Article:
SAN FRANCISCO • A US judge has blocked President Donald Trump's executive order that sought to withhold federal funds from so-called sanctuary cities, dealing another legal blow to his efforts to toughen immigration enforcement.
The ruling from US District Judge William Orrick III in San Francisco said Mr Trump's Jan 25 order targeted broad categories of federal funding for sanctuary governments and that plaintiffs challenging the order were likely to succeed in proving it unconstitutional.
"And if there was doubt about the scope of the order, the President and Attorney-General have erased it with their public comments," the judge wrote.
Sanctuary cities generally offer safe harbour to illegal immigrants and often do not use municipal funds or resources to advance the enforcement of federal immigration laws. Dozens of local governments and cities, including New York, Los Angeles and Chicago, have joined the growing "sanctuary" movement.
President Trump's moves on immigration have galvanised legal advocacy groups, along with Democratic city and state governments, to oppose them in court.
Mr Reince Priebus, White House chief of staff, told reporters the administration was taking action to appeal against the ruling, adding: "The idea that an agency can't put in some reasonable restrictions on how some of these monies are spent is something that will be overturned eventually."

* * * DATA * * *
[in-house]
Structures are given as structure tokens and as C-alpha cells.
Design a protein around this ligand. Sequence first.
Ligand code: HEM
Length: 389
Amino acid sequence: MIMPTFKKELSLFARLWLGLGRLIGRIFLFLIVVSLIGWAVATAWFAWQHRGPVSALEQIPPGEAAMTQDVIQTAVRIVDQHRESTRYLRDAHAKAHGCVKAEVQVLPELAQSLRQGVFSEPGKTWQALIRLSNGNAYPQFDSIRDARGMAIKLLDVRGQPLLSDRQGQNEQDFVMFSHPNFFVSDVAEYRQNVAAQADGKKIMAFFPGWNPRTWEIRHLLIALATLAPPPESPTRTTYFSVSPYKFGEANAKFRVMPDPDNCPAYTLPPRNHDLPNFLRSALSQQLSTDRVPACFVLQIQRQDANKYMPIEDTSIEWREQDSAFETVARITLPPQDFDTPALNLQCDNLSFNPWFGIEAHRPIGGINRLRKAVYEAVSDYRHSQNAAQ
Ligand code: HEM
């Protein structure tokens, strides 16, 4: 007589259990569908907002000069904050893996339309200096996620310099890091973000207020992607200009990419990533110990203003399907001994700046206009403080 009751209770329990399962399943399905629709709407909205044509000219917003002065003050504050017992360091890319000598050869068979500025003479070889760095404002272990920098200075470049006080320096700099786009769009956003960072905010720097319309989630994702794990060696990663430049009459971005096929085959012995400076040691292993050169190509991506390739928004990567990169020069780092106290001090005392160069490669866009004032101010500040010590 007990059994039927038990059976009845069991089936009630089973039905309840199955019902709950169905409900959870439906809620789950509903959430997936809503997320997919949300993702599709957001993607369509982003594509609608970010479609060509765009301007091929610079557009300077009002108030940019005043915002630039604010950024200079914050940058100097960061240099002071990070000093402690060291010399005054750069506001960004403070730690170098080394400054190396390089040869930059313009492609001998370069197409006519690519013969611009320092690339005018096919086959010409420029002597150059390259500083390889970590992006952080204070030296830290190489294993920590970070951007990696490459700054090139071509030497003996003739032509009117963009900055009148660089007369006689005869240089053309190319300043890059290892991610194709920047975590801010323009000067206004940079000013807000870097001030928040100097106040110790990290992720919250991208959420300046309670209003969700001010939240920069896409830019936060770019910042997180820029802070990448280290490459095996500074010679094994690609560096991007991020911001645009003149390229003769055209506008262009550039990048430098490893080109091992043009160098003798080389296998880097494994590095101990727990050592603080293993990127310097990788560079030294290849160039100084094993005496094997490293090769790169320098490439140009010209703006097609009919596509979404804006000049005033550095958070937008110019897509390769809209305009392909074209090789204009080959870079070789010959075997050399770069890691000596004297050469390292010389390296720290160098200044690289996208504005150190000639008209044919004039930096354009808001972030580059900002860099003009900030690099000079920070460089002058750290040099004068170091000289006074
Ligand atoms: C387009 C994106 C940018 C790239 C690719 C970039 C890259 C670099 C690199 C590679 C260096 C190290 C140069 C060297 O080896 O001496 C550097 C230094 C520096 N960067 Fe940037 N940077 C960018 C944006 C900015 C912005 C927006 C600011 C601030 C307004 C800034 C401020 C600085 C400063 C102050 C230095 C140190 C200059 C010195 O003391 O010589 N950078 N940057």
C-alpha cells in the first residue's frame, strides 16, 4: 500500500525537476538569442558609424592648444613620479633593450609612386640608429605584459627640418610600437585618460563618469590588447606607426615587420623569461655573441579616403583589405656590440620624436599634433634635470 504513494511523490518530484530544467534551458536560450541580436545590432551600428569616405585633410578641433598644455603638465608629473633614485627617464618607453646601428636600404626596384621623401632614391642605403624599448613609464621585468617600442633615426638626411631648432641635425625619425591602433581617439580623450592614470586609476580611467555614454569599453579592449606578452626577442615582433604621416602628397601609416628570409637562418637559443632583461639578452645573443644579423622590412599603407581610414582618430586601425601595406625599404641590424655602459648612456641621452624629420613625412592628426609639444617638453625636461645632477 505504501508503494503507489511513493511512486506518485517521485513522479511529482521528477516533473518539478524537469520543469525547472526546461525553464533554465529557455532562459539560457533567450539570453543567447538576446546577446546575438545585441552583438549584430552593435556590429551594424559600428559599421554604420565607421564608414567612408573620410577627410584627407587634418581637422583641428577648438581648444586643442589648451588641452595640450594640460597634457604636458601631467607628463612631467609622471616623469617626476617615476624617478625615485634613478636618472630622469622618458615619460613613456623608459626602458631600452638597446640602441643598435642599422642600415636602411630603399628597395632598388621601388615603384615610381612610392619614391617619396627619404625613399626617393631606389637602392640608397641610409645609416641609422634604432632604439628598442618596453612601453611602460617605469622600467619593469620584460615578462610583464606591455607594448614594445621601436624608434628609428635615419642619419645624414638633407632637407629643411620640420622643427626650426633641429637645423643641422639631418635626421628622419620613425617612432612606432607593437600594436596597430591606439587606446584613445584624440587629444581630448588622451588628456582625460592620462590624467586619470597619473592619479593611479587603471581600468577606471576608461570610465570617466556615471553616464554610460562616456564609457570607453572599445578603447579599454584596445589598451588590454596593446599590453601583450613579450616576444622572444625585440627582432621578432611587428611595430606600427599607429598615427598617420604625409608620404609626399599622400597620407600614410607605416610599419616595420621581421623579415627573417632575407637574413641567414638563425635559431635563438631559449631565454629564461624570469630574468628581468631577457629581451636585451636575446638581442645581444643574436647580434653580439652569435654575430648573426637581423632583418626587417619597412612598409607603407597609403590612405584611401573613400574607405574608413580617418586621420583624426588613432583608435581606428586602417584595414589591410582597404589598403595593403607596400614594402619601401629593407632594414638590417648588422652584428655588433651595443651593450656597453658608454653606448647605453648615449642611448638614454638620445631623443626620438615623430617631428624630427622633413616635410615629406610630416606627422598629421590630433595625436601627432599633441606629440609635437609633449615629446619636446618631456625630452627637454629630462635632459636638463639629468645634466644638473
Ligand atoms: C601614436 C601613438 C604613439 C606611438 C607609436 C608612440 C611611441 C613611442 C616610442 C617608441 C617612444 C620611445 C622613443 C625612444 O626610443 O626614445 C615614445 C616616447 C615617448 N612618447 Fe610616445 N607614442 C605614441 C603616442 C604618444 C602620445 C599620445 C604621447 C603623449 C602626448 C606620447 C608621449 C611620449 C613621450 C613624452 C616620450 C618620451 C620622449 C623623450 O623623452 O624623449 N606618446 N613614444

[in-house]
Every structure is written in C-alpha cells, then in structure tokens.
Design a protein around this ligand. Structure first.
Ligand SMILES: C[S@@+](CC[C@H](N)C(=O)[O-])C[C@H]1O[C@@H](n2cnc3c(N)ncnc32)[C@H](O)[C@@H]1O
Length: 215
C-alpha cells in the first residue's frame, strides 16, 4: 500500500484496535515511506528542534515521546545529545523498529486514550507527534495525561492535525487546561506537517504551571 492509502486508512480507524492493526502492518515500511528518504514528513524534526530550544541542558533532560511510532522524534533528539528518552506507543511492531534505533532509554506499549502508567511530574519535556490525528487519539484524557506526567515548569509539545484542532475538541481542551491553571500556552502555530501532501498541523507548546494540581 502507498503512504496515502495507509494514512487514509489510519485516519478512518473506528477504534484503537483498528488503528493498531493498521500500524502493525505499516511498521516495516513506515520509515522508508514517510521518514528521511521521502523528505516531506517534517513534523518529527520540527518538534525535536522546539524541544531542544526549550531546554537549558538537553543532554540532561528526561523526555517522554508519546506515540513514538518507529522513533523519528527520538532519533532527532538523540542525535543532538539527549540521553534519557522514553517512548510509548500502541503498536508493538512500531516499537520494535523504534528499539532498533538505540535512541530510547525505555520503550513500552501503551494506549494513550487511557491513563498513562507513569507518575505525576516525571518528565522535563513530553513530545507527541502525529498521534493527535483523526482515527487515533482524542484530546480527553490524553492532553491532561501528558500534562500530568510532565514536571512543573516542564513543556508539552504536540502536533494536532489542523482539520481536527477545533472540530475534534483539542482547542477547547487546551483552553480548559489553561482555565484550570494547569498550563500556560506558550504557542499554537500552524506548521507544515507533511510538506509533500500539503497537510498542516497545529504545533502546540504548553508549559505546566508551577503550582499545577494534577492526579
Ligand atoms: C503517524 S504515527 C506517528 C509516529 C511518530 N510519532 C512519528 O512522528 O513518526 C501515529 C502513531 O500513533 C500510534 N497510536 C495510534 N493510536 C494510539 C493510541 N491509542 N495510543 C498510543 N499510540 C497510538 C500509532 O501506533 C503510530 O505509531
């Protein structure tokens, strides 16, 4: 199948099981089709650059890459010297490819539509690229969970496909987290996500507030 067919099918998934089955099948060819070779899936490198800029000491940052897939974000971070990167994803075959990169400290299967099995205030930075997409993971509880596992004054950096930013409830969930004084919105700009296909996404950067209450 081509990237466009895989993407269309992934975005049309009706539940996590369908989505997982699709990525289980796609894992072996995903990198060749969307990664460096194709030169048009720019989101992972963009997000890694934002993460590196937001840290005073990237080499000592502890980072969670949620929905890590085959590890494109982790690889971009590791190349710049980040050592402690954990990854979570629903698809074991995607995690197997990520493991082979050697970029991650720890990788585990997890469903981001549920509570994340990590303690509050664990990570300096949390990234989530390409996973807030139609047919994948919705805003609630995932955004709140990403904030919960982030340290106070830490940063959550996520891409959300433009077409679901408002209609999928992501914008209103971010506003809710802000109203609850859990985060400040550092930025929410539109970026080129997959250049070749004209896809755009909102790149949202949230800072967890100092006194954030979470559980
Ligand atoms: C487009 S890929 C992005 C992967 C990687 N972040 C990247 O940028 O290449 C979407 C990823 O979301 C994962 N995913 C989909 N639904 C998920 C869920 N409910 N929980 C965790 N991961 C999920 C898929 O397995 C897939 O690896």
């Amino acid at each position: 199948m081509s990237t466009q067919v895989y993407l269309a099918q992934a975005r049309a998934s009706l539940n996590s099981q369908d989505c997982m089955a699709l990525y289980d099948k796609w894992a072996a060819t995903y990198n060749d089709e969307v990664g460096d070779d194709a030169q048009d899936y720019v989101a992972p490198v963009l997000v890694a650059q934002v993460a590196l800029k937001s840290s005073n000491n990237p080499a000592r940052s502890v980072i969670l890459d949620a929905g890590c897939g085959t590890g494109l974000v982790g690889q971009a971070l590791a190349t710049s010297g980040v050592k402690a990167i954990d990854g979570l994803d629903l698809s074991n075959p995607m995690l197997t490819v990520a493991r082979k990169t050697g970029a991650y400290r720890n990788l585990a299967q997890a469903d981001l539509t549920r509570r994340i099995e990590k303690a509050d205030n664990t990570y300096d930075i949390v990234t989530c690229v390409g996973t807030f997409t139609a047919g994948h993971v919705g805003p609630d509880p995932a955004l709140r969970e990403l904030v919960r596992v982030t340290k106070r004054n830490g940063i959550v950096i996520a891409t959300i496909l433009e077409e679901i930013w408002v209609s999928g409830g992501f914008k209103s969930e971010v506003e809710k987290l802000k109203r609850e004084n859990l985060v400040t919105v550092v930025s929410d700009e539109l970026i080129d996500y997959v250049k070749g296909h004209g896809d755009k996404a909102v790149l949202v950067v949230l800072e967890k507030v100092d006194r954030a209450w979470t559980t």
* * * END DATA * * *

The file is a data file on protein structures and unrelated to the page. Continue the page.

A White House statement was withering in its criticism of Judge Orrick, saying "an unelected judge unilaterally rewrote immigration policy for our nation" and handed "a gift to the criminal gang and cartel element in our country."
"This case is yet one more example of egregious overreach by a single, unelected district judge," the White House said.
The Justice Department said in a statement it would follow existing federal law with respect to sanctuary jurisdictions, as well as enforce conditions tied to federal grants.
Supporters of the sanctuary policy argue that enlisting police cooperation in rounding up immigrants for removal undermines communities' trust in local police, particularly among Latinos.
The administration contends that the local authorities endanger public safety when they decline to hand over for deportation illegal immigrants arrested for crimes.
The executive order by Mr Trump, who made cracking down on illegal immigration a cornerstone of his presidential campaign, directed such funding to be restricted once the Homeland Security Department determines what constitutes a sanctuary city.
Santa Clara county, which includes the city of San Jose and several smaller Silicon Valley communities, sued in February, saying the order was unconstitutional. San Francisco filed a similar lawsuit.
The Justice Department threatened last week to cut some funding to California as well as eight cities and counties across the US.
The department singled out Chicago and New York as two cities "crumbling under the weight of illegal immigration and violent crime", even though New York City is experiencing its lowest crime levels in decades and experts say Chicago's recent spike in violent crime has little to do with illegal immigration.